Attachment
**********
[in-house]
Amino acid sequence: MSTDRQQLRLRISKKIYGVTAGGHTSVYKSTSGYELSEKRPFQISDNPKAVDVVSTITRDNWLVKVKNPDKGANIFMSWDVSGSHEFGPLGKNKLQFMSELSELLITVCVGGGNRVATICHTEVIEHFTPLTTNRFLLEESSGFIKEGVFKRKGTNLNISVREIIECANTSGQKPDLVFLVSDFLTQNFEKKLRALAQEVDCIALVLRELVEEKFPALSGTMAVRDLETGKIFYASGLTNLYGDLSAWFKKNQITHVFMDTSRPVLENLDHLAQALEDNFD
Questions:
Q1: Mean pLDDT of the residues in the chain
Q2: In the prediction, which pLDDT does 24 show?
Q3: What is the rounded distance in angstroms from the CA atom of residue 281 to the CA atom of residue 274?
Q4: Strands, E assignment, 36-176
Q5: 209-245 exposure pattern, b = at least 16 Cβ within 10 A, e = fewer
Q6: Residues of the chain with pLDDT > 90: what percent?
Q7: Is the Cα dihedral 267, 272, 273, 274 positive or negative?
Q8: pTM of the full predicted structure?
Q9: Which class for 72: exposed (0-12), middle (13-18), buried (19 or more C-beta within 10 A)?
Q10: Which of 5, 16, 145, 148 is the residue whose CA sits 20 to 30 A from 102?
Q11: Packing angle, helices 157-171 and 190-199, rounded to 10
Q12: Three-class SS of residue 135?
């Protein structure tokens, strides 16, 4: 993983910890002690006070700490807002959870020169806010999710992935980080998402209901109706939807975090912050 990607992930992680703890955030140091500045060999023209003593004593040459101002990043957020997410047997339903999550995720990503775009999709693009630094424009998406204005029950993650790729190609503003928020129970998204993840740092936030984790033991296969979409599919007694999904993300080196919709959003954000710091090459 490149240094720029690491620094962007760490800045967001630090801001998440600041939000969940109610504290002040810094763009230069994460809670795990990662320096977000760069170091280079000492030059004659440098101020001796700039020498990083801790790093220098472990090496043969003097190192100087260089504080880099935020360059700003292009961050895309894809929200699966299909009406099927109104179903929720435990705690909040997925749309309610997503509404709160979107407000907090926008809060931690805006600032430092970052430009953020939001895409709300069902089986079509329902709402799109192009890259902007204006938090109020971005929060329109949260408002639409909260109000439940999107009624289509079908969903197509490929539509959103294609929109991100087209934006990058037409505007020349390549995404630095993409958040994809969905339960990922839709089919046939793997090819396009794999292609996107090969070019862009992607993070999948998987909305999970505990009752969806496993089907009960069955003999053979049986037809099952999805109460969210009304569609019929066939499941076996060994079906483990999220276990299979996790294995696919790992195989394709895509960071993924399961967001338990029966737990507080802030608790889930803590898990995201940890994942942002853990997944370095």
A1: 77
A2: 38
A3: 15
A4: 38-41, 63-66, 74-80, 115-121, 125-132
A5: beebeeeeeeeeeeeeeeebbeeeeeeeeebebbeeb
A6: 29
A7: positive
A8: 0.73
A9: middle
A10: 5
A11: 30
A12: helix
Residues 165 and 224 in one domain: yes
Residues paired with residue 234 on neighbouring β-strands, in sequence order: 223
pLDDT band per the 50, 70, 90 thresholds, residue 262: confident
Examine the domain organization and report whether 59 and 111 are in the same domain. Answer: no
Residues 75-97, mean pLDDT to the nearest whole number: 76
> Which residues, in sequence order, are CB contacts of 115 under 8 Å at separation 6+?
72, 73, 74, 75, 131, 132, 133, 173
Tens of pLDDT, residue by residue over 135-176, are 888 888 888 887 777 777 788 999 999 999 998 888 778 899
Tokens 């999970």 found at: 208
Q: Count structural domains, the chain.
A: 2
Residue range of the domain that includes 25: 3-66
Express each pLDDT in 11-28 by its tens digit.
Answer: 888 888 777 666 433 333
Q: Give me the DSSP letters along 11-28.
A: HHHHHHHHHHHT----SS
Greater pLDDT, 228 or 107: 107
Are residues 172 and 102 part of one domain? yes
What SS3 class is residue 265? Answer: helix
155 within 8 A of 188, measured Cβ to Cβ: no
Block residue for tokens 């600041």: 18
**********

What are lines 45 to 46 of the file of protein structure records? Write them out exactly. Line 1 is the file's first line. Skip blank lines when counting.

Greater pLDDT, 228 or 107: 107
Are residues 172 and 102 part of one domain? yes